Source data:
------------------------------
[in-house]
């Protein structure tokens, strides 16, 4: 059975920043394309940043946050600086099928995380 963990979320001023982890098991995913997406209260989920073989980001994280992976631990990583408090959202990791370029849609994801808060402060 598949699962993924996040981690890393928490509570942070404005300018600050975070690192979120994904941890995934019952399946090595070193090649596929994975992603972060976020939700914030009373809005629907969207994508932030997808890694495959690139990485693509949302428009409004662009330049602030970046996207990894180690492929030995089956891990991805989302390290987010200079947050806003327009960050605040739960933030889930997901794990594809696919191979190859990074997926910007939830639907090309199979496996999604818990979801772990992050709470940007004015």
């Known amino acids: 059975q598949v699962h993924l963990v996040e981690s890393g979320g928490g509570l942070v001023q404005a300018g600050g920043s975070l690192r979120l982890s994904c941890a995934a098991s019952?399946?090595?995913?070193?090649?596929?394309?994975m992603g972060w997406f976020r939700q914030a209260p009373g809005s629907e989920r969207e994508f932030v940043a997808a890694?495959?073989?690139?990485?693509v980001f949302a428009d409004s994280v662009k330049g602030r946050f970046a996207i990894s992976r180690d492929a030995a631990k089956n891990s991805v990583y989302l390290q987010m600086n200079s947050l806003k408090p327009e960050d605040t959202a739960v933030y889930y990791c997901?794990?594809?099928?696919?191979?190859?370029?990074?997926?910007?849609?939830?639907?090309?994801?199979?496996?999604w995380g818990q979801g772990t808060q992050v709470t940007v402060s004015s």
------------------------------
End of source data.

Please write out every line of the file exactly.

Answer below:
[in-house]
């Protein structure tokens, strides 16, 4: 059975920043394309940043946050600086099928995380 963990979320001023982890098991995913997406209260989920073989980001994280992976631990990583408090959202990791370029849609994801808060402060 598949699962993924996040981690890393928490509570942070404005300018600050975070690192979120994904941890995934019952399946090595070193090649596929994975992603972060976020939700914030009373809005629907969207994508932030997808890694495959690139990485693509949302428009409004662009330049602030970046996207990894180690492929030995089956891990991805989302390290987010200079947050806003327009960050605040739960933030889930997901794990594809696919191979190859990074997926910007939830639907090309199979496996999604818990979801772990992050709470940007004015």
């Known amino acids: 059975q598949v699962h993924l963990v996040e981690s890393g979320g928490g509570l942070v001023q404005a300018g600050g920043s975070l690192r979120l982890s994904c941890a995934a098991s019952?399946?090595?995913?070193?090649?596929?394309?994975m992603g972060w997406f976020r939700q914030a209260p009373g809005s629907e989920r969207e994508f932030v940043a997808a890694?495959?073989?690139?990485?693509v980001f949302a428009d409004s994280v662009k330049g602030r946050f970046a996207i990894s992976r180690d492929a030995a631990k089956n891990s991805v990583y989302l390290q987010m600086n200079s947050l806003k408090p327009e960050d605040t959202a739960v933030y889930y990791c997901?794990?594809?099928?696919?191979?190859?370029?990074?997926?910007?849609?939830?639907?090309?994801?199979?496996?999604w995380g818990q979801g772990t808060q992050v709470t940007v402060s004015s």